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Cell Growth & Differentiation, Vol 8, Issue 11 1171-1179, Copyright © 1997 by American Association of Cancer Research


ARTICLES

Expression of the SIL gene is correlated with growth induction and cellular proliferation

S Izraeli, T Colaizzo-Anas, VL Bertness, K Mani, PD Aplan and IR Kirsch
Genetics Department, National Cancer Institute, Bethesda, Maryland 20889-5101, USA.

The SIL gene was discovered at the site of a cancer-associated interstitial deletion in which its promoter assumed the regulation of a second gene, SCL. The human SIL gene encodes a 1287-amino acid cytosolic protein that has been found to be highly conserved in the mouse. SIL is expressed in proliferating cells and is down-regulated when cellular proliferation ceases because of serum starvation, contact inhibition, or induction of terminal differentiation. SIL is induced within 1 h of stimulation by 20% serum in growth-arrested 3T3 cells. This induction is independent of protein synthesis because "superinduction" is observed in the presence of the protein synthesis inhibitor cyclohexamide. Thus, SIL is an immediate-early gene. Upon release from serum starvation of 3T3 fibroblasts, SIL mRNA and protein levels display a biphasic pattern during the first cell cycle. In contrast, in exponentially growing EL4 lymphoblasts, SIL mRNA is stable throughout the cell cycle, whereas SIL protein accumulates into G2 phase and then falls precipitously at the completion of the cell cycle. This pattern of cell cycle expression suggests that SIL may play an important role in cellular growth and proliferation.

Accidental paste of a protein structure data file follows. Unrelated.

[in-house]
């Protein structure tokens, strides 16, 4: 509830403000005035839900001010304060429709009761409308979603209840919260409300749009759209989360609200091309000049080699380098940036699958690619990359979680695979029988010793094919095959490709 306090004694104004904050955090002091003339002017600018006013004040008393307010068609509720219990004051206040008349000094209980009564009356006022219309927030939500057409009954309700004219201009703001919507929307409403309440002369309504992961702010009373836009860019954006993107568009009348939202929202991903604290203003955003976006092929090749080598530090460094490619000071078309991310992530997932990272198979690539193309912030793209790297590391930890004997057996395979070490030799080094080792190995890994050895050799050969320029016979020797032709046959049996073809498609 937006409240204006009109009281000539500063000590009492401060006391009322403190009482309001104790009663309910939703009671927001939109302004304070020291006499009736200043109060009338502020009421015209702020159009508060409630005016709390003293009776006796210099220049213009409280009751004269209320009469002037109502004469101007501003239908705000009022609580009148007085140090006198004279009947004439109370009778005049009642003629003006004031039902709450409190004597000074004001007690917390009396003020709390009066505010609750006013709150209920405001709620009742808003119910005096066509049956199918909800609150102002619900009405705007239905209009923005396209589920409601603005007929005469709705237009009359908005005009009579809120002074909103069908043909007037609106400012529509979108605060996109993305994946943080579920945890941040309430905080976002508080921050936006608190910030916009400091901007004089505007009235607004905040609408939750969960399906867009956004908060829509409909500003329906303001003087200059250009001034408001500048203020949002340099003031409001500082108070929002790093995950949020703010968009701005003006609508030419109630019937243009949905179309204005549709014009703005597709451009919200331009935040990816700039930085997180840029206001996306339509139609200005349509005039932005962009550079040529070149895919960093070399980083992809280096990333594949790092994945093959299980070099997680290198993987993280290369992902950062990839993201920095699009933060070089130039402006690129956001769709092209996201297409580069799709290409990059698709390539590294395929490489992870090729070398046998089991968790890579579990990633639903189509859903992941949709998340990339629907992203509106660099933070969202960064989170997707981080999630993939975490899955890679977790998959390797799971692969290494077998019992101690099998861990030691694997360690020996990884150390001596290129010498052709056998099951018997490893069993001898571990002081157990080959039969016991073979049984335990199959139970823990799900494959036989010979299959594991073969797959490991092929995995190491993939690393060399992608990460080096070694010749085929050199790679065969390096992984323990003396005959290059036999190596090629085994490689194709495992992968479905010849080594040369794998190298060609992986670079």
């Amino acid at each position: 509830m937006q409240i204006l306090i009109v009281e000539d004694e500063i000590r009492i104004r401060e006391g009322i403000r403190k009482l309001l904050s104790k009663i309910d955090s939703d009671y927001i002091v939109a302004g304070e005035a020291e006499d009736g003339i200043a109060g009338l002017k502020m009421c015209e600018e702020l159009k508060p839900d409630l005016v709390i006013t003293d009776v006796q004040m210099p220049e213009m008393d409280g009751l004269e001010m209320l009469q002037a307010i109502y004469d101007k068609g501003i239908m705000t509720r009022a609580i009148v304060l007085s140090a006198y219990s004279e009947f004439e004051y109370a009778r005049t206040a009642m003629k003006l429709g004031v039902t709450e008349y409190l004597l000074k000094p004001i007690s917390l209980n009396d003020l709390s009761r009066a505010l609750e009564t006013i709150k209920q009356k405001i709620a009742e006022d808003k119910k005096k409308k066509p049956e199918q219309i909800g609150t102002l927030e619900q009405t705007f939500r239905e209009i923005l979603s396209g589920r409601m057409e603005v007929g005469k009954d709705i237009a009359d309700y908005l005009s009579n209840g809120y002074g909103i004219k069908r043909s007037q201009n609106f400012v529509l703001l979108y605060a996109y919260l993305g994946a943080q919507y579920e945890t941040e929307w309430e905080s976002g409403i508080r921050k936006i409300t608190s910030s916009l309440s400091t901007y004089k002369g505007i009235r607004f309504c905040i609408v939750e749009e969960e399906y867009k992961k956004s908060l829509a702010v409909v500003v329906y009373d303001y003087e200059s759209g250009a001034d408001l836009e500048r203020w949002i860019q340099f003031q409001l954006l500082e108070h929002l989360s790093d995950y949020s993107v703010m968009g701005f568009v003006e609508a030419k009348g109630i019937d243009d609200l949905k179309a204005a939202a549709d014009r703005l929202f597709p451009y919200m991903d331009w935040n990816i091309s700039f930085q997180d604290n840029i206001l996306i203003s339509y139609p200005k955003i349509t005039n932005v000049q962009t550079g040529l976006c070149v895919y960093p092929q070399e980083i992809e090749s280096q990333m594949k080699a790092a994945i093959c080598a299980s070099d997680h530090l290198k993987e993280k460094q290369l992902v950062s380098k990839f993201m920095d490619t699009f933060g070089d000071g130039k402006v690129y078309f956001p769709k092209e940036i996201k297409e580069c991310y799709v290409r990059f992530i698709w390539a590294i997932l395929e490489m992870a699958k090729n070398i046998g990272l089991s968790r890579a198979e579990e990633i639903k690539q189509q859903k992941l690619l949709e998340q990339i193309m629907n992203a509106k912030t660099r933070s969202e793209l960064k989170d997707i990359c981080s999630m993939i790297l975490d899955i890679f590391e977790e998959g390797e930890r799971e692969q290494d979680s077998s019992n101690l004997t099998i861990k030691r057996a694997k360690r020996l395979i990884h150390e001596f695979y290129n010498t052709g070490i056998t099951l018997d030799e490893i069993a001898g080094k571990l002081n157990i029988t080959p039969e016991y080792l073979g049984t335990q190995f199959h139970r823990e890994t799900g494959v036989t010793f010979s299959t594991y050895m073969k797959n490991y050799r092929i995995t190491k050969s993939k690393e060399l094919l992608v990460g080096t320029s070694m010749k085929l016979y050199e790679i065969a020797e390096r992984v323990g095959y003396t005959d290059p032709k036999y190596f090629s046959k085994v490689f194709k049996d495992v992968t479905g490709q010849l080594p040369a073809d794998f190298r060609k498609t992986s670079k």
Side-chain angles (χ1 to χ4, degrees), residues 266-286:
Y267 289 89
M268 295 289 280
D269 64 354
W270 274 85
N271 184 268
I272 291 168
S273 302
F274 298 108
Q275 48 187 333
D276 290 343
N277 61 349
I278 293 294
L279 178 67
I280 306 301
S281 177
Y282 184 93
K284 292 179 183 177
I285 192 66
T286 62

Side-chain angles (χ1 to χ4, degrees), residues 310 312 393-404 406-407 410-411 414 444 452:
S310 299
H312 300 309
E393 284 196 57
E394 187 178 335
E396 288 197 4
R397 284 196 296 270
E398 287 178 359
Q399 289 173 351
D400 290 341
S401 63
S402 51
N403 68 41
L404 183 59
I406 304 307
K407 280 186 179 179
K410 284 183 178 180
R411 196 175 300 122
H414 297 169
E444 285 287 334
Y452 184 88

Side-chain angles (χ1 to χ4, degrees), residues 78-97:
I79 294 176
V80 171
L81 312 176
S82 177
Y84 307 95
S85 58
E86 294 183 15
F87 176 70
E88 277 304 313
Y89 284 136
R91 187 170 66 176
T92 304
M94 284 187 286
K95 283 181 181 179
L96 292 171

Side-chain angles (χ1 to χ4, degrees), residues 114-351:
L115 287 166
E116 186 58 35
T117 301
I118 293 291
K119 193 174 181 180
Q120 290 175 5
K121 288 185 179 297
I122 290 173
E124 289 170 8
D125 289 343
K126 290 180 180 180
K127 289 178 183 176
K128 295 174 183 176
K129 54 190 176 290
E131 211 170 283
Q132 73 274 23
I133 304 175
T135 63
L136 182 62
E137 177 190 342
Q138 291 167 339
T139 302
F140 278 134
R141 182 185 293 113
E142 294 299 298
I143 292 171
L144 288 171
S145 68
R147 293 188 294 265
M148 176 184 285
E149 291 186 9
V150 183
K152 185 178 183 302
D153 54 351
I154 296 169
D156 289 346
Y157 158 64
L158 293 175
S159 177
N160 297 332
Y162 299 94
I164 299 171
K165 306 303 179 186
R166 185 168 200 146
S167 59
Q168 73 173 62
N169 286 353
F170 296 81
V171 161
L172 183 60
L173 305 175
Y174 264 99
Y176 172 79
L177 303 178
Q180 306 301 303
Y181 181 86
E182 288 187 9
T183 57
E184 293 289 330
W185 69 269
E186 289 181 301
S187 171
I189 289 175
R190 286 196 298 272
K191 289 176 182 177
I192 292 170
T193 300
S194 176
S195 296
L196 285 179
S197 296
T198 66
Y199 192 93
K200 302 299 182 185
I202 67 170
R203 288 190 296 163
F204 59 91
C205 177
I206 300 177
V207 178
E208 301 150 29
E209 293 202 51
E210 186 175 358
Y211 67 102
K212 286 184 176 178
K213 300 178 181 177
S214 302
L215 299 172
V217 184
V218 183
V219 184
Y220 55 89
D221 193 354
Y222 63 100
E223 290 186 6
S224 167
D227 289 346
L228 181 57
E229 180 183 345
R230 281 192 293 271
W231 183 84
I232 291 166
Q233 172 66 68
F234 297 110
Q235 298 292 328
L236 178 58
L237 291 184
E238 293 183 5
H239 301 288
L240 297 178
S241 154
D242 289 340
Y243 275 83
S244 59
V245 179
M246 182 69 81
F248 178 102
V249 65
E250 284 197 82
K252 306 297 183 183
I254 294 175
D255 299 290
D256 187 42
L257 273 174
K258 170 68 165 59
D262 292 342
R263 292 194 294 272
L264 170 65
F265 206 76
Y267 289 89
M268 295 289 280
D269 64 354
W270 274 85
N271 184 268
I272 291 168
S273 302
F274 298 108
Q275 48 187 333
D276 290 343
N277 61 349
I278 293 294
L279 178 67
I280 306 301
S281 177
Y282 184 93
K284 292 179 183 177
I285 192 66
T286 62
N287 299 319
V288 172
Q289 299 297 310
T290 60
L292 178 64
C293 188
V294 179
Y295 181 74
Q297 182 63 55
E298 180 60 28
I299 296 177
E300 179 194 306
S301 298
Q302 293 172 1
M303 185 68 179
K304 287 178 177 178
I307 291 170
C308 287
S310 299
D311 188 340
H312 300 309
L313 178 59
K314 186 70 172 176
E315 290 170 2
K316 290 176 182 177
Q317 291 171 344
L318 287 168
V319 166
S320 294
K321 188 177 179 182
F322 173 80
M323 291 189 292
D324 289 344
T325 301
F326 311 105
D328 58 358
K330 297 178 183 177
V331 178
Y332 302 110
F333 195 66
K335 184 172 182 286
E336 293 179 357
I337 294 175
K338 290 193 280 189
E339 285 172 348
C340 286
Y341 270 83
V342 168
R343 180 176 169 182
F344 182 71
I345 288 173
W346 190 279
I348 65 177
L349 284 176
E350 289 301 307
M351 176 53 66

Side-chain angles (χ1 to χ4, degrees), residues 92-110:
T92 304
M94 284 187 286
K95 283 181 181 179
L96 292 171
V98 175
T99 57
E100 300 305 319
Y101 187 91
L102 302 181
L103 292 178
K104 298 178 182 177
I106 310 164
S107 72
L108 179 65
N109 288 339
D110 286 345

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HOME HELP FEEDBACK SUBSCRIPTIONS ARCHIVE SEARCH TABLE OF CONTENTS
Cancer Research Clinical Cancer Research
Cancer Epidemiology Biomarkers & Prevention Molecular Cancer Therapeutics
Molecular Cancer Research Cell Growth & Differentiation
Copyright © 1997 by the American Association of Cancer Research.